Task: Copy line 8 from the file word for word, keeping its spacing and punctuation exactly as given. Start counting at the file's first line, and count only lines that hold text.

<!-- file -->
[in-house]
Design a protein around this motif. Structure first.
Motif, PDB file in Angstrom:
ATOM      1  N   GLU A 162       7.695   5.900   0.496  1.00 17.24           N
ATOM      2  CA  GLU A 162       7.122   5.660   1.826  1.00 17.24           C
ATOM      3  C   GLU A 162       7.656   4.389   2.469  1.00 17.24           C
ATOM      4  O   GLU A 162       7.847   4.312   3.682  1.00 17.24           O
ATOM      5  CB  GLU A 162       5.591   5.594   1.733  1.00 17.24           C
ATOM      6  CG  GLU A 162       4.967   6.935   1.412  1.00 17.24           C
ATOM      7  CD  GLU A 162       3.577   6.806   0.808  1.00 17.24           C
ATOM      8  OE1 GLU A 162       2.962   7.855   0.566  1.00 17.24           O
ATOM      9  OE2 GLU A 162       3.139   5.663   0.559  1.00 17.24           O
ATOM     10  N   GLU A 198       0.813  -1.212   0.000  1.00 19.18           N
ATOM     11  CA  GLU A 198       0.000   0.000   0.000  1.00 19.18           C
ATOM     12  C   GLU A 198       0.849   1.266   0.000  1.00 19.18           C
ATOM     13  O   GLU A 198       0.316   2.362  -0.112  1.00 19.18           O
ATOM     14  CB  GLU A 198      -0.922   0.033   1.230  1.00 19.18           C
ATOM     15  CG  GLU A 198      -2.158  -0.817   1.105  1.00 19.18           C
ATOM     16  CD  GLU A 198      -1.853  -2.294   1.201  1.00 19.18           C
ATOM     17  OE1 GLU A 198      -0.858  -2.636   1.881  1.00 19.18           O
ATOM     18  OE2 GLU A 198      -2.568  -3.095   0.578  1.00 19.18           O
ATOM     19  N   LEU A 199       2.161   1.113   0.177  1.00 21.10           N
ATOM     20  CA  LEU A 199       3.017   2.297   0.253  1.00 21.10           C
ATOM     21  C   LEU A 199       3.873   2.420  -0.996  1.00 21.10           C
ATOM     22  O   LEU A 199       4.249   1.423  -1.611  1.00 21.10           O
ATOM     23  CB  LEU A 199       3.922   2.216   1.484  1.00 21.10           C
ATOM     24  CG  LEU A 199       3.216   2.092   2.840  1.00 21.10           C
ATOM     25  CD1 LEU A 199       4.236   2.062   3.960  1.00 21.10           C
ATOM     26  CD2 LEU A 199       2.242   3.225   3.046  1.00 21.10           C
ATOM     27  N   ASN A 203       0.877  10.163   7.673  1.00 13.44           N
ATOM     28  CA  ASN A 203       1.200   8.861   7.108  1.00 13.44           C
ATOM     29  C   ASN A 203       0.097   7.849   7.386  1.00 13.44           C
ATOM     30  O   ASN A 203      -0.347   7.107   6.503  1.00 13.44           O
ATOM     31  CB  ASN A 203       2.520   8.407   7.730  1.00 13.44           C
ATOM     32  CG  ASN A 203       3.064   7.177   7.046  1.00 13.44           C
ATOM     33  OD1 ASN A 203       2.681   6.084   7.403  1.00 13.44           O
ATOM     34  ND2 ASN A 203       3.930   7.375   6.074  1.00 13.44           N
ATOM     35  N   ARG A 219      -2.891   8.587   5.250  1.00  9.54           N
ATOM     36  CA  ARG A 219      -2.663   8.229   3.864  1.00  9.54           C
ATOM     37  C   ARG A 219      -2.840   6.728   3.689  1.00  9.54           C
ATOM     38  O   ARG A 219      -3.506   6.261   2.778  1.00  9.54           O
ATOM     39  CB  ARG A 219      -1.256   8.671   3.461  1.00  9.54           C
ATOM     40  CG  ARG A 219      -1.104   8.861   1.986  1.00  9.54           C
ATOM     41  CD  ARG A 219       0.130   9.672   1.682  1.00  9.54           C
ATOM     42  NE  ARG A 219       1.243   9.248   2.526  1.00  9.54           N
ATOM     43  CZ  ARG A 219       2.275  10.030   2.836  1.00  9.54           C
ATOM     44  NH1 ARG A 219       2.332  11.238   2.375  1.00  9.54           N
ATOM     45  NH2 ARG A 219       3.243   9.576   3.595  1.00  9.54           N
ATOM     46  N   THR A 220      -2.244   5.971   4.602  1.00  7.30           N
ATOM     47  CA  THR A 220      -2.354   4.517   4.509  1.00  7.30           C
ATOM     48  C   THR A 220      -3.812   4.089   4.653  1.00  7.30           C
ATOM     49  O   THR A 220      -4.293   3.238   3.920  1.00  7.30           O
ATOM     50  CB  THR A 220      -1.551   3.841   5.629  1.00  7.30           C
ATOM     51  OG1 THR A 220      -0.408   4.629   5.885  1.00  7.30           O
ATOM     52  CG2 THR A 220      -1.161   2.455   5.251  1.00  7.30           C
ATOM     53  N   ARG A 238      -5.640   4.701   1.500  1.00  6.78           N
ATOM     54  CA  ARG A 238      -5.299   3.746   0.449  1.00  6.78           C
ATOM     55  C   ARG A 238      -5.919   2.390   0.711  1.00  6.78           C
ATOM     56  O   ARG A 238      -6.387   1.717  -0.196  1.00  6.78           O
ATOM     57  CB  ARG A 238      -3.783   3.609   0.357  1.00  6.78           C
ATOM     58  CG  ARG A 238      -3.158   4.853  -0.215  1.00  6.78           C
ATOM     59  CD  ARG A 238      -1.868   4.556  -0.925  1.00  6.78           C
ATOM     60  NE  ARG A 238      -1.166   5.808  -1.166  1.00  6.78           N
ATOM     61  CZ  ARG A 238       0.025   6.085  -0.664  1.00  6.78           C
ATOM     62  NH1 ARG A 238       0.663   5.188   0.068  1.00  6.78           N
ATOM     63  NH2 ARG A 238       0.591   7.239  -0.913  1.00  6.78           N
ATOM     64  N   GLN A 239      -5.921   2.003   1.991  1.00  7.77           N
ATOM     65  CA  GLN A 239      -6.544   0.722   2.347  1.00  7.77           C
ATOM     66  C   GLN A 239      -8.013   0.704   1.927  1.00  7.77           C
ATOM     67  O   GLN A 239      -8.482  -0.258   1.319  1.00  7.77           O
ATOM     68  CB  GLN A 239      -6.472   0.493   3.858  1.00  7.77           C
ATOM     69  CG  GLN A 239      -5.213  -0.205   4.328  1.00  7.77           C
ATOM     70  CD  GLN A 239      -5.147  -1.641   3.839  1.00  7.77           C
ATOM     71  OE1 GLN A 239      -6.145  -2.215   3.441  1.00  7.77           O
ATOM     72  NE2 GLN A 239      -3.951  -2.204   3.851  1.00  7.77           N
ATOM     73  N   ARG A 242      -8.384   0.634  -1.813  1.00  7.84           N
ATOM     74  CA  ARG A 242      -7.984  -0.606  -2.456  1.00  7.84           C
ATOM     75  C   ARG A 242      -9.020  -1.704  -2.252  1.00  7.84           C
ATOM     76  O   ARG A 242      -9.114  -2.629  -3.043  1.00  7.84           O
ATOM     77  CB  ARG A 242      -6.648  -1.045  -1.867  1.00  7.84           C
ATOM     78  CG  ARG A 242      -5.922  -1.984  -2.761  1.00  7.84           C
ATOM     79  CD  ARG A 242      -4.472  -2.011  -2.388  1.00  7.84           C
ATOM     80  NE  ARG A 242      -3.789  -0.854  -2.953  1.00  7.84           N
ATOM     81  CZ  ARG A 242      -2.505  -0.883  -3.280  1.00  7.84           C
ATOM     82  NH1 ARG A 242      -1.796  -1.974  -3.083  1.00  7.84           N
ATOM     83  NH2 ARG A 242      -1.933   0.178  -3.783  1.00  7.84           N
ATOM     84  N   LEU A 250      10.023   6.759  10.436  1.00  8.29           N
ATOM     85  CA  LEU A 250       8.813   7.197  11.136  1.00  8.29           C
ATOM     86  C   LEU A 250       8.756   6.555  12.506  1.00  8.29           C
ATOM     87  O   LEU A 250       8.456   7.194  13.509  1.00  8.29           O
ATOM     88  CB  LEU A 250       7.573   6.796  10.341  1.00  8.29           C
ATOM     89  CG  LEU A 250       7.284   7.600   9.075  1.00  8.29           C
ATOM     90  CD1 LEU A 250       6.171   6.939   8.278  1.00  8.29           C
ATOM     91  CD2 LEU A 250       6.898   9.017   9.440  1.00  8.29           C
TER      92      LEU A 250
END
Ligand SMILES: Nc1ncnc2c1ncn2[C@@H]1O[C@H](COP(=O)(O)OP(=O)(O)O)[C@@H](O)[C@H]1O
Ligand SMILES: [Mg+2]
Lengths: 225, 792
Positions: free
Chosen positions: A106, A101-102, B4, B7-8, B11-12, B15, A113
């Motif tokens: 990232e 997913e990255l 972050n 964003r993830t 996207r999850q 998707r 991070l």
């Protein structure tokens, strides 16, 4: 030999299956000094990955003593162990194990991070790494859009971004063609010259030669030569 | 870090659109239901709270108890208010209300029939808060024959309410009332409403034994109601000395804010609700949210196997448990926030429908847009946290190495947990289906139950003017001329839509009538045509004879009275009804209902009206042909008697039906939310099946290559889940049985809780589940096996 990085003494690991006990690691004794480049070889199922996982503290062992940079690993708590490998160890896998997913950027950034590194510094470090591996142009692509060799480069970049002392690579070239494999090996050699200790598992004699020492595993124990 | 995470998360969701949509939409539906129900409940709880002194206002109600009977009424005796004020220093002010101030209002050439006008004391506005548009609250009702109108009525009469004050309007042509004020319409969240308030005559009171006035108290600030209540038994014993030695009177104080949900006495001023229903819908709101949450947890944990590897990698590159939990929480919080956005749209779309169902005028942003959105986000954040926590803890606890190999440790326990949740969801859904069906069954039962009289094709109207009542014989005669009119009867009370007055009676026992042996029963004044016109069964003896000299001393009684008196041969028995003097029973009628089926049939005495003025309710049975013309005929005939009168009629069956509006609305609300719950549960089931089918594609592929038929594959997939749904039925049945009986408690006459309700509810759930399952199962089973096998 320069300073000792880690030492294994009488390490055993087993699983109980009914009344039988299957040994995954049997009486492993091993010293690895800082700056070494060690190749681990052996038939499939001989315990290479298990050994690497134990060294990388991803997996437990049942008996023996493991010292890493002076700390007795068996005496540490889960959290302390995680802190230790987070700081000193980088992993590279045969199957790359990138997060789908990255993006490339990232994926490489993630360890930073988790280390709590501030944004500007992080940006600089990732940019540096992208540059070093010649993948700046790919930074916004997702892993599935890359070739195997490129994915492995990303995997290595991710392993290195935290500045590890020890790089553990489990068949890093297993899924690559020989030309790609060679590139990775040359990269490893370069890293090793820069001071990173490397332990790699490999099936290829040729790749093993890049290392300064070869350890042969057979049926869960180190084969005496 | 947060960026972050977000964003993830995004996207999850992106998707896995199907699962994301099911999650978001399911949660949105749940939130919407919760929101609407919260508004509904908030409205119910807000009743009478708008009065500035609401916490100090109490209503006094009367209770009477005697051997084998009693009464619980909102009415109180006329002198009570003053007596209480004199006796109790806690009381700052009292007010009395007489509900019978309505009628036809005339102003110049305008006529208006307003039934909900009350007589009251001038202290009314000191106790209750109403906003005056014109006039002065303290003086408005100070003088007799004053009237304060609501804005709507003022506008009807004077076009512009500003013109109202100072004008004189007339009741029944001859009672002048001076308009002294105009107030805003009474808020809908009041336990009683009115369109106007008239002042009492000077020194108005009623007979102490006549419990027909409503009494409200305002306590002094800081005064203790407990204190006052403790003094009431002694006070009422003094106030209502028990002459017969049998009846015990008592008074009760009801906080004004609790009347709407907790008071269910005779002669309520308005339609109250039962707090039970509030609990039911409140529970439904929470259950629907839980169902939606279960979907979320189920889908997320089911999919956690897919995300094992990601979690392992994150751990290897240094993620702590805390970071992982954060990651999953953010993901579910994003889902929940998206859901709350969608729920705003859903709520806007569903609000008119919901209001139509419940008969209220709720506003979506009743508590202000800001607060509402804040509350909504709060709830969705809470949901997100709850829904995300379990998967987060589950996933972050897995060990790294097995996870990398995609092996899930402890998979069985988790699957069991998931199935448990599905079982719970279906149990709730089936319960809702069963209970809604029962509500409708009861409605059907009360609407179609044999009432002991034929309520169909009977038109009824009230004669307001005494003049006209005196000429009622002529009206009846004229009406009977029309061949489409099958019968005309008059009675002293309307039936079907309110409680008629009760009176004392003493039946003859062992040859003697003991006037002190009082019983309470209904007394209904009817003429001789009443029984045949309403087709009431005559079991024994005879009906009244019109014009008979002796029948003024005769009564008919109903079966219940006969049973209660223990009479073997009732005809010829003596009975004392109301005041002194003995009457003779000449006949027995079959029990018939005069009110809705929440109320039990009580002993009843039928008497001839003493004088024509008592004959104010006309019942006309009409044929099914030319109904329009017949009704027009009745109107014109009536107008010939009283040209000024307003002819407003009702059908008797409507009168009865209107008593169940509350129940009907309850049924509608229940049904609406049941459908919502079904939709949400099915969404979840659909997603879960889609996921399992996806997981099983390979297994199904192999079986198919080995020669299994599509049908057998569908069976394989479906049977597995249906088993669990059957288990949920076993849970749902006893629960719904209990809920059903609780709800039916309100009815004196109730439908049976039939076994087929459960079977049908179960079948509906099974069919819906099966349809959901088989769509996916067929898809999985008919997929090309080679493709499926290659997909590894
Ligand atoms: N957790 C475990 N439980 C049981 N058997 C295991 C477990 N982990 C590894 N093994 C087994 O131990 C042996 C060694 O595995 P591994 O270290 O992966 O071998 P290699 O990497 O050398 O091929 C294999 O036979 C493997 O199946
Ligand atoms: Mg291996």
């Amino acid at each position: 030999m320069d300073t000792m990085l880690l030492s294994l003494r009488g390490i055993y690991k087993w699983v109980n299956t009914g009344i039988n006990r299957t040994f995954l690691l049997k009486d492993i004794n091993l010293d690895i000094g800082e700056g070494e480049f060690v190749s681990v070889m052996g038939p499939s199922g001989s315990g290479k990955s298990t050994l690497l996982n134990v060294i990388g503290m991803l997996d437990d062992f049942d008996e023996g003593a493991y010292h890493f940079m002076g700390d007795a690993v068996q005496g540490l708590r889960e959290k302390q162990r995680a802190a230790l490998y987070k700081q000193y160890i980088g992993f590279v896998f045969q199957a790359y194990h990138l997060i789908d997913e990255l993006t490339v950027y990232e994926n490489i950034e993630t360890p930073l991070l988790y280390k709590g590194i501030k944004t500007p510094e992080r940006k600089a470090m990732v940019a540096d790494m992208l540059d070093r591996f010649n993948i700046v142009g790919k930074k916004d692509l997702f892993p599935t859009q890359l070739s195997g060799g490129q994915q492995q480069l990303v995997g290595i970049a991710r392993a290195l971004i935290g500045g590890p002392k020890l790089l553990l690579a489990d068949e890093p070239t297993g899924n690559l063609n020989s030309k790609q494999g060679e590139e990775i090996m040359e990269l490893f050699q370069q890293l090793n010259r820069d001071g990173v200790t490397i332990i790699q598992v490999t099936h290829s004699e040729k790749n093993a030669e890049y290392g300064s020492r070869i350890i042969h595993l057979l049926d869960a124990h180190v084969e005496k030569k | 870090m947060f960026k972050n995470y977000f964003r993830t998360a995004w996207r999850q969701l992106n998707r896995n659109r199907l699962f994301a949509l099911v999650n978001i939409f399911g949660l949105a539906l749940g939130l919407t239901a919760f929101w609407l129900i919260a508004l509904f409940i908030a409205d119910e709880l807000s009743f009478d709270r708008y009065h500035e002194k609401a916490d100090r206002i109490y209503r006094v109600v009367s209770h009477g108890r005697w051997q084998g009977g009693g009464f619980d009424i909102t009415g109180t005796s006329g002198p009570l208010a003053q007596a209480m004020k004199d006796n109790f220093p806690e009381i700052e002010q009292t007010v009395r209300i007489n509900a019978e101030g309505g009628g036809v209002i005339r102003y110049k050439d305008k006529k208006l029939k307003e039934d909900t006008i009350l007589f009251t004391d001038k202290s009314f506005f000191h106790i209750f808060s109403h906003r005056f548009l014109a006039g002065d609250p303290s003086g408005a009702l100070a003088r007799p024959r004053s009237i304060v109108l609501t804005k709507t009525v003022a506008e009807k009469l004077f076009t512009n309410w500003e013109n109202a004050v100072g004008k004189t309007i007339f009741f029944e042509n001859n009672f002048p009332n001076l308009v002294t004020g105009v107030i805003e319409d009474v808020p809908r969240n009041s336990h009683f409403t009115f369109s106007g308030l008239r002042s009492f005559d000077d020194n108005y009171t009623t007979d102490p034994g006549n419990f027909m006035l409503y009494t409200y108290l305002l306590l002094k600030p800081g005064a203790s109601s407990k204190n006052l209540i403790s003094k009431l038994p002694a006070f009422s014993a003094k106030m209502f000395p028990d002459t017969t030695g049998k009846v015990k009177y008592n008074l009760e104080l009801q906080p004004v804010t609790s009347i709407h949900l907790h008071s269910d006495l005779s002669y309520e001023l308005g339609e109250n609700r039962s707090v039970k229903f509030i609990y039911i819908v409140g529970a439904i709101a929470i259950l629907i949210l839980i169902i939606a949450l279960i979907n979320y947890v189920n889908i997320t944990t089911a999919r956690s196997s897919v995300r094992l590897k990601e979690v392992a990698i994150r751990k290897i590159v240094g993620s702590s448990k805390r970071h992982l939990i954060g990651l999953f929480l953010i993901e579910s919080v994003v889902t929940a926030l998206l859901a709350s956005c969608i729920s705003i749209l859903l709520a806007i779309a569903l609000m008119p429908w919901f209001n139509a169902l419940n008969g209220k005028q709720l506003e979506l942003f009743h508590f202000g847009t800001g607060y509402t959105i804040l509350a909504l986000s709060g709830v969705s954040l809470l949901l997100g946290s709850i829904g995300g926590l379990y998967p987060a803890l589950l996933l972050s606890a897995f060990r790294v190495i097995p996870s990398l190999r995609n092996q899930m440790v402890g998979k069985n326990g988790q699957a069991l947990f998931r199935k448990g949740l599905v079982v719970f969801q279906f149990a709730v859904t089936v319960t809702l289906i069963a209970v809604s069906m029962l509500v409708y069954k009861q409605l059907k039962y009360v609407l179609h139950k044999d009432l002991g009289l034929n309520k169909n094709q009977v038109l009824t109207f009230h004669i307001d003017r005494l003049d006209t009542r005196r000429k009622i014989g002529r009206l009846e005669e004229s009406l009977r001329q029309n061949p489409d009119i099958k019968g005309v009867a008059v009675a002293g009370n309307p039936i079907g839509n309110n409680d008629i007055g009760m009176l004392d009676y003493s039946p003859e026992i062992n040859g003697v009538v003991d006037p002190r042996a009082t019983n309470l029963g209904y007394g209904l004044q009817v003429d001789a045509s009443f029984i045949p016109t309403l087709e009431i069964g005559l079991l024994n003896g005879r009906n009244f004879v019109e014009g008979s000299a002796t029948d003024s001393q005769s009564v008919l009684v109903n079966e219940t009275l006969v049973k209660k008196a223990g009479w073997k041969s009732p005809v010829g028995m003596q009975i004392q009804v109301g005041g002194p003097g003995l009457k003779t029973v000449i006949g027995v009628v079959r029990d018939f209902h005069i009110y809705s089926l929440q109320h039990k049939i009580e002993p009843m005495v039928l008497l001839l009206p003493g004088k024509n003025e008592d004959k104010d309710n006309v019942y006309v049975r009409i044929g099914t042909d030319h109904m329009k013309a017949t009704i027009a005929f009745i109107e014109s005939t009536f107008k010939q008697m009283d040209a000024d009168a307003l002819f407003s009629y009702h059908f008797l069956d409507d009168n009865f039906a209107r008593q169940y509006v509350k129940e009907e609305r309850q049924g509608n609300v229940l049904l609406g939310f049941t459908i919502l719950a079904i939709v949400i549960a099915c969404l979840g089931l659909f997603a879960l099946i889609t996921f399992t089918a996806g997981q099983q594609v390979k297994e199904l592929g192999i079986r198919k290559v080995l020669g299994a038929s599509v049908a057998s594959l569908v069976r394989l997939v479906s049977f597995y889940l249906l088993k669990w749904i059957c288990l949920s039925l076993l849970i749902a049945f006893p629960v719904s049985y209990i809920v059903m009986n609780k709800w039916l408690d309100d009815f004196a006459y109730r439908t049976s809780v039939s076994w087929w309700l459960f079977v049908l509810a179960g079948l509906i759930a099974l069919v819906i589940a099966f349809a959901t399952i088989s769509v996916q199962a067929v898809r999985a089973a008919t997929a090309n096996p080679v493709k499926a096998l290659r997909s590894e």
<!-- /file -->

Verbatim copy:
ATOM      5  CB  GLU A 162       5.591   5.594   1.733  1.00 17.24           C